Fertility rites

Saturday 29 November 2008 by Florence

Dolls and statuettes that are made in the african tradition in relation to fertility have an important and multiple role for young girls and women. Always associated with the idea of maternity they are surrounded with a lot of care.

They are playing and learning objects with which teenagers learn the maternity gesture by reproducing with games and mines the gestures of the adults : baby’s care, feeding, cleaning, carrying and dressing.

They are ritual objects with amulets worn by pregnant women which protect them from the beginning of their pregnancy until the child is weaned of the mother’s milk and give them healthy children. The dolls and statuettes with stylised figures of the Namji who live in the north of Cameroon are often decorated by beads and have different amulets (lajie).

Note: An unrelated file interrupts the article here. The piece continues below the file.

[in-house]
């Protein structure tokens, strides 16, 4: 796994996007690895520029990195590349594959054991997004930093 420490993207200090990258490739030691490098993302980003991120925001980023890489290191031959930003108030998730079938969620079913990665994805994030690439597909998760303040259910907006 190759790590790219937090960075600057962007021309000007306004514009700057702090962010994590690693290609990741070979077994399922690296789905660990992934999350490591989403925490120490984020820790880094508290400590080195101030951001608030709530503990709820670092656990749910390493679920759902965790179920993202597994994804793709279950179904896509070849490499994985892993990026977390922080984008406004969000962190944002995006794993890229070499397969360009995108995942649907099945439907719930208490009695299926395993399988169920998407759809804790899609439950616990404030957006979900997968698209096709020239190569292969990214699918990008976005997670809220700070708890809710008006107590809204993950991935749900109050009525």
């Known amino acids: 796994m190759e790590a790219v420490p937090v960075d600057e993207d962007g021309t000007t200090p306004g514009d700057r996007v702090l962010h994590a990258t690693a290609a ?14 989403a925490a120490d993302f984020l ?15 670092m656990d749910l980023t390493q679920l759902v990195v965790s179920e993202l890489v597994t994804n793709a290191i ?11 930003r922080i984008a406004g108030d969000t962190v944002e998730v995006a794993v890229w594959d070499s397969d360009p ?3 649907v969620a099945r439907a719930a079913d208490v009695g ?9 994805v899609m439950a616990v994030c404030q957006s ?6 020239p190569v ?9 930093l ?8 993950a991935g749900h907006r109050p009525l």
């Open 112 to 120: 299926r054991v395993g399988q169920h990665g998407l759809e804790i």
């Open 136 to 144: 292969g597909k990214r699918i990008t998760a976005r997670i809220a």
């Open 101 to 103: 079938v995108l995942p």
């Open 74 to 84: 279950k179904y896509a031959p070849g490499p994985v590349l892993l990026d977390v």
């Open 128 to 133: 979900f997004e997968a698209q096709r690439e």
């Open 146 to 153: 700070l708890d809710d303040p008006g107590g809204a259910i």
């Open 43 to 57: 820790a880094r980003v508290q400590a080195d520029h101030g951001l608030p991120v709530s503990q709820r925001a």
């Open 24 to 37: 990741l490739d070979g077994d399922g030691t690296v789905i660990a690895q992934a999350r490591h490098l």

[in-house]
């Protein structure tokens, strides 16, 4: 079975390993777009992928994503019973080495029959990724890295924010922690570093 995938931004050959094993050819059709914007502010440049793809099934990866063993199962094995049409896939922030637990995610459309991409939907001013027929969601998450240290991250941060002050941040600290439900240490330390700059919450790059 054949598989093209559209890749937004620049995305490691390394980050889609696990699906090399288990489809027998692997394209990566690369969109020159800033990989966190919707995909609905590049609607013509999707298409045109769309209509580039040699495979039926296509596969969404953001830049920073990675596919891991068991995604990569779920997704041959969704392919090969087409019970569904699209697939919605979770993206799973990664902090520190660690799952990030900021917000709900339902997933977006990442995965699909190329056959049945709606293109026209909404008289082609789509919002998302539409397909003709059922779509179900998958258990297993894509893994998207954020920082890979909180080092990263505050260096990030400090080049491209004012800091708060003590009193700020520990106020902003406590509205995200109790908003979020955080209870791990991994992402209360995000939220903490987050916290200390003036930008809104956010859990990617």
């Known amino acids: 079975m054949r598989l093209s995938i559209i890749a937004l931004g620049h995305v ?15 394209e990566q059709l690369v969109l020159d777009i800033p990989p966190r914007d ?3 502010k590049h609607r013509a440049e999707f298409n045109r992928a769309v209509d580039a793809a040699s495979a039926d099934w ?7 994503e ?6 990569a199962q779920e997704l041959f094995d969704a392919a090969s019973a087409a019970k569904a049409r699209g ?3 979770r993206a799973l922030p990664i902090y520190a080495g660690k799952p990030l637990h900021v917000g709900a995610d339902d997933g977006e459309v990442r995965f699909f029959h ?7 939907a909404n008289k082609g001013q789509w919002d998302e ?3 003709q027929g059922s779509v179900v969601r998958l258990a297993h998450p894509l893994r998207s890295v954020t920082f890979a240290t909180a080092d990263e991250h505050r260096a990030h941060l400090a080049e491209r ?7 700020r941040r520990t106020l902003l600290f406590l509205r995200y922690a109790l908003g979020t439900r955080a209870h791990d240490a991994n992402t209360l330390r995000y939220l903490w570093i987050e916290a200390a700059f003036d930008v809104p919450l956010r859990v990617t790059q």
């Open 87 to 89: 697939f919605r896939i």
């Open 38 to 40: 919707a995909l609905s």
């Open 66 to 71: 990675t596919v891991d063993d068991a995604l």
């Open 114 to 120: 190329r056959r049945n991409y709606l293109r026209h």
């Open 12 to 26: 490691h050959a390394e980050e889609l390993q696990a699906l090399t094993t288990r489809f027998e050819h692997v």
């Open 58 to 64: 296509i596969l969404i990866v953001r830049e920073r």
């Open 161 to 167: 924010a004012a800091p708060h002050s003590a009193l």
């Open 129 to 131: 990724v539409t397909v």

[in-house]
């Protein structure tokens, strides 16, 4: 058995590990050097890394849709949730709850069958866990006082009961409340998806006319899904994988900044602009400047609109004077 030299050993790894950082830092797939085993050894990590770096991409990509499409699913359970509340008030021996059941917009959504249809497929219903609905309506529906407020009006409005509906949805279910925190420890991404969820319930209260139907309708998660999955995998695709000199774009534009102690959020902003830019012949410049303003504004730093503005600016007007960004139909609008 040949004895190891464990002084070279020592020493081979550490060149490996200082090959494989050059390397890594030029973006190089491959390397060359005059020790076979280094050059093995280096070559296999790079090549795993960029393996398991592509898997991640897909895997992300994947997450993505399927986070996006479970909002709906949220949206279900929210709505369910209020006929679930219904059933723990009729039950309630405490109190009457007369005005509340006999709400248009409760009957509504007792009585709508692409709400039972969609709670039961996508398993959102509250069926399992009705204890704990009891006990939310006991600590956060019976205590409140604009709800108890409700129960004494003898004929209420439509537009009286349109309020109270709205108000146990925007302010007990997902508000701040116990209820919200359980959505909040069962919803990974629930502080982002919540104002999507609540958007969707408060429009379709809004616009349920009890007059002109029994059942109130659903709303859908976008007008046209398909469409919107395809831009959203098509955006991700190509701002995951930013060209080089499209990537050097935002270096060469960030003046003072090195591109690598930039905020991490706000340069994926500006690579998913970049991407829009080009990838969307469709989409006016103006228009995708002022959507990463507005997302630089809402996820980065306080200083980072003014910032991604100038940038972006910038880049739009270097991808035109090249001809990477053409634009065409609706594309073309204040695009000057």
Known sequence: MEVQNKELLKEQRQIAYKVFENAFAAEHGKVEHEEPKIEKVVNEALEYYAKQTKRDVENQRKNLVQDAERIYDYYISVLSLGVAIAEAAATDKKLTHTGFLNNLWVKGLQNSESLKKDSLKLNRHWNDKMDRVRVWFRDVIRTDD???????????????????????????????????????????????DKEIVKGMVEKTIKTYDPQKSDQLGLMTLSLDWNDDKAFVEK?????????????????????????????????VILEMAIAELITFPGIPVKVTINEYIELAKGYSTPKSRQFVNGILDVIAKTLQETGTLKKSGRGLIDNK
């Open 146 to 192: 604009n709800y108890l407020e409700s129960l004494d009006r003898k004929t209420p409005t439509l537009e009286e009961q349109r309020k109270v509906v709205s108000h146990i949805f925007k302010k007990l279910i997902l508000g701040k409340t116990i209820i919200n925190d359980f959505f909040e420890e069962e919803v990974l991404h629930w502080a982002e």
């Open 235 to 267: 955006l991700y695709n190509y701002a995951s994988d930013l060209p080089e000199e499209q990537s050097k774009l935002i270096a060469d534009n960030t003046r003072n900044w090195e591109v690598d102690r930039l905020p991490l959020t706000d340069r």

They are sacred objects worn on the back or on the belt which allow new married women and supposedly sterile ones to hope the coming of a first child. The Ashanti dolls from Ghana are called akuaba (‘‘child of Akua’’) according to a legend saying that a woman, after having worn a statuette like that, has given birth to a very beautiful girl. They are sacred by priests and treated as real children. When they are not useful anymore because they have done what they were made for, they are put on domestic altars. The Mossi of Burkina Faso have also dolls with stylized figures given to new excised girls to increase their fertility.

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